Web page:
Several times over the last few weeks, I have been asked to identify an insect that has turned out to be the larval stage of a dermestid beetle, or carpet beetle. These insects are scavengers that develop on materials such as pet hair, dead insects, lint, woolen items, fur and feathers. Basically, they feed on many items that people provide in their homes. Some other types of dermestid feed on stored grains, causing issues in your pantry. Since the carpet beetle is found outdoors most of the time, it is vital in scavenging dead plant and animal materials, therefore they can be seen as beneficial. Of course, when the invade your home, they become a pest.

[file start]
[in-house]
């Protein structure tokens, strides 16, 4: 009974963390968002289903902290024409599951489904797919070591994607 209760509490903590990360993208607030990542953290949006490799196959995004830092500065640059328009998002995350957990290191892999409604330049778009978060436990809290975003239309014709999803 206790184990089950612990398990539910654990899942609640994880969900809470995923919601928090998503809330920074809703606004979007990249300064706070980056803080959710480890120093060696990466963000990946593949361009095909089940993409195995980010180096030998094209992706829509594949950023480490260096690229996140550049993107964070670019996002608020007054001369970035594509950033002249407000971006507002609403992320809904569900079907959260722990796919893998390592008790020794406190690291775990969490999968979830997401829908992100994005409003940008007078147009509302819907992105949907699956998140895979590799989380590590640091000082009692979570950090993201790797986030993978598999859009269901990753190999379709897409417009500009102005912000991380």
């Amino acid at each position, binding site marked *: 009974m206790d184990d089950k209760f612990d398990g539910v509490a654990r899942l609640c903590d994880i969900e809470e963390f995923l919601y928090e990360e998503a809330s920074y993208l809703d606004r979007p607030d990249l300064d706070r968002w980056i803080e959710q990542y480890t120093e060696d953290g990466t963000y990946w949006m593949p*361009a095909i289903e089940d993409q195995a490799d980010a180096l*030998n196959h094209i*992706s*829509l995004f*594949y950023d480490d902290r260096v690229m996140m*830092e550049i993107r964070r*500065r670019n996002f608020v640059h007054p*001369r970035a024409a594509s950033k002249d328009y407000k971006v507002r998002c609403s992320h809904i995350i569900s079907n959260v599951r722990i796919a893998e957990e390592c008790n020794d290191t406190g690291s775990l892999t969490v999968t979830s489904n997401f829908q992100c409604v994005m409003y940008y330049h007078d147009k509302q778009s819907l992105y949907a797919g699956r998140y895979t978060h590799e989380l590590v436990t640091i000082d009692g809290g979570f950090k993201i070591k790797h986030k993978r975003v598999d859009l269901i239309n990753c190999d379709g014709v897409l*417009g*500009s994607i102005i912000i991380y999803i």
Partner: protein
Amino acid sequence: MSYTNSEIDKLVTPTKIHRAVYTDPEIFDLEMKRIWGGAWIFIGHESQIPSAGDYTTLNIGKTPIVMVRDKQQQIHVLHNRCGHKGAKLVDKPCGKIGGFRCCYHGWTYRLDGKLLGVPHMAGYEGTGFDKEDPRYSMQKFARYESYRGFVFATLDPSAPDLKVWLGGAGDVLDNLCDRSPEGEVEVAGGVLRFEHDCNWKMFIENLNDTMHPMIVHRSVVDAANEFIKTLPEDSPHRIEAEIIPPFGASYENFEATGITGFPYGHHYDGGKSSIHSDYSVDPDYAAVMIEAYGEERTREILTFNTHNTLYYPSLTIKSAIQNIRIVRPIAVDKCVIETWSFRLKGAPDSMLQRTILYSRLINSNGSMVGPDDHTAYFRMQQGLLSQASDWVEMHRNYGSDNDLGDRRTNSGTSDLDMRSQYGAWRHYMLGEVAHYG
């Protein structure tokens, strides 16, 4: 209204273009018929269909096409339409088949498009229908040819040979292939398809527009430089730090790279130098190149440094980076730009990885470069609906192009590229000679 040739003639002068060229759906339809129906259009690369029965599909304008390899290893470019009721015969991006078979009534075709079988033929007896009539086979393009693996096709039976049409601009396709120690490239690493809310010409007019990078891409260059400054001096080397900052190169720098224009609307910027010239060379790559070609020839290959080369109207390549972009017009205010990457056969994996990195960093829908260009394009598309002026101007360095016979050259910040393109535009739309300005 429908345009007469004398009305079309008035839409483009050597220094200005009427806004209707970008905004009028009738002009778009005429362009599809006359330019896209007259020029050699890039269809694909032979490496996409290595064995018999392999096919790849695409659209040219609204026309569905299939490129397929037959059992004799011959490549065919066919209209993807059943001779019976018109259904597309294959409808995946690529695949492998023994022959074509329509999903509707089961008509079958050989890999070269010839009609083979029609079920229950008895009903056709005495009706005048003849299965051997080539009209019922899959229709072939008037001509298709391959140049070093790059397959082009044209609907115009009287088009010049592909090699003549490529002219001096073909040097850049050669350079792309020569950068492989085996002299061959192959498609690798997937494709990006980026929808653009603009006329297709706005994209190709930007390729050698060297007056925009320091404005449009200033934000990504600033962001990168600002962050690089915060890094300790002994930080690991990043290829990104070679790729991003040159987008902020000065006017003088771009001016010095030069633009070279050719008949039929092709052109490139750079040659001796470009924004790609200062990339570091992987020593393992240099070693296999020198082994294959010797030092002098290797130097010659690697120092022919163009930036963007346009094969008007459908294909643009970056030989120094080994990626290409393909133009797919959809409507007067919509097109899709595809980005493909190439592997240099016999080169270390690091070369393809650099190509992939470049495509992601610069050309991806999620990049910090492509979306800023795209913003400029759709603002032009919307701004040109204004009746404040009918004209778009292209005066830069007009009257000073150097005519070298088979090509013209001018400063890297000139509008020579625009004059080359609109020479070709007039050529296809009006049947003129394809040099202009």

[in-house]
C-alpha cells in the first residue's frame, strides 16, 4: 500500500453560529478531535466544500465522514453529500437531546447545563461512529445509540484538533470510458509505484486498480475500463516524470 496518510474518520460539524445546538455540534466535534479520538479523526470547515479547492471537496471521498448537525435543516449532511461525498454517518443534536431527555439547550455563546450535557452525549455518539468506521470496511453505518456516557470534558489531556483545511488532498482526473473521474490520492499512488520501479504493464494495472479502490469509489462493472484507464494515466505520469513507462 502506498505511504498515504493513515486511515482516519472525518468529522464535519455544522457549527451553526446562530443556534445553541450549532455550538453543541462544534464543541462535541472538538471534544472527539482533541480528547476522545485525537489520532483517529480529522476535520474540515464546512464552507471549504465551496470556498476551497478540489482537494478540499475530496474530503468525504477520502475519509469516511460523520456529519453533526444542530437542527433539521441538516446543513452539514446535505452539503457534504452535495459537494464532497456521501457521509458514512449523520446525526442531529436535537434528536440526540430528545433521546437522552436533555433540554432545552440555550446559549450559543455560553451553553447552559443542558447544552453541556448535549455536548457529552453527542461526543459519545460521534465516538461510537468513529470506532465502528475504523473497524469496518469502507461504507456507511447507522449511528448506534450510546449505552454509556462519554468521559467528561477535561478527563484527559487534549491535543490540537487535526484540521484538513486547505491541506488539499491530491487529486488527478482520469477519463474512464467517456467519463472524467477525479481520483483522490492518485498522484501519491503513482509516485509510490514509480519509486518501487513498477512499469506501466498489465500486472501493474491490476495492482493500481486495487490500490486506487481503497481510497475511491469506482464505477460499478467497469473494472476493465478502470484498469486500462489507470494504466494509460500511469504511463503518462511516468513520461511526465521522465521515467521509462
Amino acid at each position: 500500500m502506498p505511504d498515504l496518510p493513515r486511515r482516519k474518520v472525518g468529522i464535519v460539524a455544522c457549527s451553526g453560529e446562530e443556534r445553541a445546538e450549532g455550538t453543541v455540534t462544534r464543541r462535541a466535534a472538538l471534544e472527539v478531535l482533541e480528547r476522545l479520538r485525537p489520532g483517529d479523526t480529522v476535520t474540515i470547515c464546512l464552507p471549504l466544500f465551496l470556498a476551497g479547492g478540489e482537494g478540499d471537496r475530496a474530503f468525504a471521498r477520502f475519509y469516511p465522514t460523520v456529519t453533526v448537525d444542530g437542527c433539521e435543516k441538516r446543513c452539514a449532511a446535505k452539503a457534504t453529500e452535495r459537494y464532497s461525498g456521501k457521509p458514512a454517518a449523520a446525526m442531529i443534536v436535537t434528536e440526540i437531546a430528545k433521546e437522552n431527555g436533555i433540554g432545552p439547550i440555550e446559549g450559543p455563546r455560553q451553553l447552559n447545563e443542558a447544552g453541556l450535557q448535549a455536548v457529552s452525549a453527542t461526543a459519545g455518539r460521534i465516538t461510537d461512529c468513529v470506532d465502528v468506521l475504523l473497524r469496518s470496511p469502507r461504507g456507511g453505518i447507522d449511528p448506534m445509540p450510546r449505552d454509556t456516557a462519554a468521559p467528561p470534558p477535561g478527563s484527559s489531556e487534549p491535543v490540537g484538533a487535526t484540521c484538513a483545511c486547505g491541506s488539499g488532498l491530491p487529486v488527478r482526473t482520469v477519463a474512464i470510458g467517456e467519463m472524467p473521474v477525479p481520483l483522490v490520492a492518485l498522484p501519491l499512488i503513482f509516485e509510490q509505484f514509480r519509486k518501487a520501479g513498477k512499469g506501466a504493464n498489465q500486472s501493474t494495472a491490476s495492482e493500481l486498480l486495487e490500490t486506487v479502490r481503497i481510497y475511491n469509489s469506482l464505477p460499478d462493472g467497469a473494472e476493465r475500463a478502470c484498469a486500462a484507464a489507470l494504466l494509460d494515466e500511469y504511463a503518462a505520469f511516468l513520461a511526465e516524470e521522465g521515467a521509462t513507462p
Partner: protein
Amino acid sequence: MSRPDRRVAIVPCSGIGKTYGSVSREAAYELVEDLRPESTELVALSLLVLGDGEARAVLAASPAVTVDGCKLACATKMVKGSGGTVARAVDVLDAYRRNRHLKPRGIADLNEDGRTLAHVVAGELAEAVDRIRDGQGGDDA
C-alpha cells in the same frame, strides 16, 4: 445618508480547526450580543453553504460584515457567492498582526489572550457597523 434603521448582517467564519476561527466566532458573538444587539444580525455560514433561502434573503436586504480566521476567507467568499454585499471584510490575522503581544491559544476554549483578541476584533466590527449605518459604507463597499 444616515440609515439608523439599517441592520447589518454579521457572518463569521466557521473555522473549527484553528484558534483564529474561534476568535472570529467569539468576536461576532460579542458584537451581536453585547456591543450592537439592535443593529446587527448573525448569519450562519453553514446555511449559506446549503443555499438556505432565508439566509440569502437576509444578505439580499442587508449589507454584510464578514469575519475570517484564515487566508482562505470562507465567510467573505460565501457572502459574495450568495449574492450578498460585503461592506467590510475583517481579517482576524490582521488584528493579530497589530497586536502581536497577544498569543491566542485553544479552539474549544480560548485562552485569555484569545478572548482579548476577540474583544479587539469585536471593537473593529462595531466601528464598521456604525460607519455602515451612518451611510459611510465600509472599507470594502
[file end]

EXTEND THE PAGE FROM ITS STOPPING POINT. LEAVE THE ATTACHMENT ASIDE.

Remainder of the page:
Carpet beetles are about 1/8 inch in length and have elytra-covered scales. Females can lay 100+ eggs, which hatch in 1-2 weeks into pale-colored larvae with spear-shaped setae. The larvae molt several times, and may stay in this stage for two months to a year. The grown larvae are nearly ¼ inch long. The adults are good flyers and most household infestations occur when the adults fly indoors and find suitable food sources. Areas under carpets and along carpet edges, floor cracks, or under seldom moved furniture are sites where the beetle can get established.
If you find that you have carpet beetles, finding and eliminating their food sources are imperative. If you have an item that can’t be destroyed, freeze or heat treatments may be warranted to eliminate the beetle. Calling a professional is a good idea with this pest, as they can be tricky to remove.
Alicia Boor is the Agriculture and Natural Resources agent with K-State Research and Extension – Cottonwood District. Contact her by email at firstname.lastname@example.org or call 620-793-1910.